Thursday, May 13, 2010

Yo ho ho

The good ol' Business Software Alliance has released its annual study of software piracy rates worldwide. And this time - after some people whinged about the lack of clarity over their methodology - they've also released a video explaining how they compile the figures.

I can't comment on the video, because whenever I try to view it my browser crashes. This is a classic obfuscation tactic: put part of the documentation in a form that we can't read, then, when we ask questions, they can just ask "Did you watch the video?" Nice work, but I'd have to deduct marks for lack of originality.

So instead let's look at the methodology section of the published report itself:
The basic method for coming up with rates and commercial value of unlicensed software in a country is as follows:
1. Determine how much PC software was deployed in 2009.
2. Determine how much PC software was paid for/legally acquired in 2009.
3. Subtract one from the other to get the amount of unlicensed software.
Which raises two rather obvious questions: how do you go about step 1? and how do you go about step 2?

The next page explains helpfully: "Total software units installed = # PCs getting SW × Units per PC"

By now I'm getting déjà vu. This is like sixth-form economics, when I learned the infamous monetarist equation "Money supply × Velocity of circulation = Price level × Number of transactions". It's true, but it tells us nothing about how to measure all these things.
To get the total number of software units installed [...] IDC determines how many computers there are in a country and how many received software in 2009. IDC tracks this information quarterly in 105 countries, either in products called ‘PC Trackers’ or as part of custom assignments.
A swift Google search suggests that the only "products" commonly called "PC trackers" are a form of software used to play music. Unless the survey is using its own variant of the language here, in which case it might (more plausibly) mean some form of spyware. Again, kudos on the obfuscation - using words to mean something other than what the rest of the world means by them, that's another good tactic to ensure that no-one can tell what the hell you're up to.

If it means "music software", then your survey will be weighted towards people who care about playing music on their PCs. If it means "spyware", then - apart from dubious legality in several countries - that means your survey will be weighted towards people who don't take their digital hygiene very seriously. If it means something else entirely, then I wish you'd say so. Whichever, it will produce results that are weighted one way or another; how do you compensate for this weighting?

It gets worse.
For countries that are not surveyed, IDC uses a methodology that relies on a correlation between the number of software units per PC and an emerging market measure published by the International Telecommunications Union, called the Information Development Index (IDI). IDC also considers other correlations such as gross domestic product
(GDP) per capita, PC penetration and various measures of institutional strength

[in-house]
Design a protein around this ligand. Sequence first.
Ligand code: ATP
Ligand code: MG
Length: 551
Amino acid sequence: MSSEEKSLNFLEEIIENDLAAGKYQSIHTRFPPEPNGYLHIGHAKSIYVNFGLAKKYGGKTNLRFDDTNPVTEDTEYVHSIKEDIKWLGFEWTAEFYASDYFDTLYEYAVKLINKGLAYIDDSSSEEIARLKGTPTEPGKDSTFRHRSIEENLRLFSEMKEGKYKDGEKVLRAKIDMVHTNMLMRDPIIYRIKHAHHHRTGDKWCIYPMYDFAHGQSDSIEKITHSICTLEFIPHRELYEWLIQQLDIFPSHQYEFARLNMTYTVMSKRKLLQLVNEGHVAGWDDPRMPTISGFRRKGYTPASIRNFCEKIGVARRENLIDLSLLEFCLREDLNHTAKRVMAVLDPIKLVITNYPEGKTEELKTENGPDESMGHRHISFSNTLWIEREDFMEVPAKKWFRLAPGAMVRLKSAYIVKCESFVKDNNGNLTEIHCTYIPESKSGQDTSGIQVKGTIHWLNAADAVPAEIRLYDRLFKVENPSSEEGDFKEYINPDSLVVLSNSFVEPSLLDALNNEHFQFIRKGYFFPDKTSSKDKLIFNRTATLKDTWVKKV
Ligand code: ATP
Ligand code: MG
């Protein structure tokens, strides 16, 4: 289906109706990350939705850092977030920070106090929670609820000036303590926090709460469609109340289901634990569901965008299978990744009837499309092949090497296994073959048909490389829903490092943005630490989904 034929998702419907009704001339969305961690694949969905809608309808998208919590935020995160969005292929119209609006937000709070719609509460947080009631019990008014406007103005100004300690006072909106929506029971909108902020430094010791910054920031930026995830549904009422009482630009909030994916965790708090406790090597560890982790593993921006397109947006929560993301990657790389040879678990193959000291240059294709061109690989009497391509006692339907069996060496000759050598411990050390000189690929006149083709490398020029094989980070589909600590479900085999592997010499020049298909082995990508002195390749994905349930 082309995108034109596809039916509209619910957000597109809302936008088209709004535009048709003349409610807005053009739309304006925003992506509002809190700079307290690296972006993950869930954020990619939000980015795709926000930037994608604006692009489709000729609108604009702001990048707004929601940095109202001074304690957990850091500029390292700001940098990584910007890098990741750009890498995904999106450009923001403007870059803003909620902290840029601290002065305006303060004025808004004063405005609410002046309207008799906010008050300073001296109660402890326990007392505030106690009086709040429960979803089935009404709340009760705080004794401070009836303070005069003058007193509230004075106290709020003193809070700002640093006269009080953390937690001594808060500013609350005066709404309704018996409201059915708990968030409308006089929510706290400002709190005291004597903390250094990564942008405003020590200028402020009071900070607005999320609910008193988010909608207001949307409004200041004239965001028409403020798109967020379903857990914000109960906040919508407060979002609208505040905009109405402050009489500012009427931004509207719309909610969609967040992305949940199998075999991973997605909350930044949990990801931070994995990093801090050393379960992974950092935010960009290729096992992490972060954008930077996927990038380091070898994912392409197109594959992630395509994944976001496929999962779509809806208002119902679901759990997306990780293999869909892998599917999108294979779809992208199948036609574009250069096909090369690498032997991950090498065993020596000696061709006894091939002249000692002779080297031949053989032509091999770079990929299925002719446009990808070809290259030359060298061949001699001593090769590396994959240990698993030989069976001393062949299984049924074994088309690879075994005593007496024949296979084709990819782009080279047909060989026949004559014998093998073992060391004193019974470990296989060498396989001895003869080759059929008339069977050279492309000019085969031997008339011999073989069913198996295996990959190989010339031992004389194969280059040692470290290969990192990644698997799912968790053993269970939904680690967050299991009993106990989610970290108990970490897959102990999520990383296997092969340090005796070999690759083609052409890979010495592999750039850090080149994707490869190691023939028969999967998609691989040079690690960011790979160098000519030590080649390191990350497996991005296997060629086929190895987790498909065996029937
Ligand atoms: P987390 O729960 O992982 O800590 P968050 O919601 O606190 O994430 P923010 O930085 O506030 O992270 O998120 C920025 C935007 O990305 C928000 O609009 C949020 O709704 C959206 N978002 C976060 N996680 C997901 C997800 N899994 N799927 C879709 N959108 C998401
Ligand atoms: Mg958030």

(It's "International Telecommunication Union", by the way. Don't worry, everyone gets that wrong.) More importantly, this means that you're basing your "survey" - which you are asking governments and the like to accept as primary evidence - on secondary sources. (Arguably, tertiary sources even.) You're using "various measures of institutional strength" to estimate rates of software piracy, then using those estimates to argue for stronger institutions. Do you really see nothing wrong with this process?

There's more, but by now my readers can be divided into (a) those who agree with me already and (b) those who've stopped reading. Plus, if I'm really lucky, (c) some junior BSA analyst or press officer who's been briefed to look for blog posts on the subject.

The tone of the report seems to have changed from past years. This is welcome. There's no scaremongering here about connections between pirates, pornographers, traffickers and terrorists; instead, we have a few plausible tales about the dangers of doing business with people without some sort of enforceable contractual relationship. There's also some cajolery about the benefits of paying for your software. What bothers me here is that the best they can come up with is "support and updates". I know what that means: "support" means that if you get an address to send e-mail to (although there's absolutely no reason to believe that any kind of help will come back), and "updates" means that every time you go online your bandwidth gets crushed by a honking great patch to deal with some bug that would never have been allowed out of the door under any kind of competent QA regime.

I find it kinda sad that, after 30 years of shrinkwrapped software, the industry still can't come up with any better incentives to buy its product than these.


Deadlyjelly said...



vet said...

Didn't I warn you about my obsession with copyright law?

I'm sorry, DJ. I'll get back to posting about something different Real Soon Now.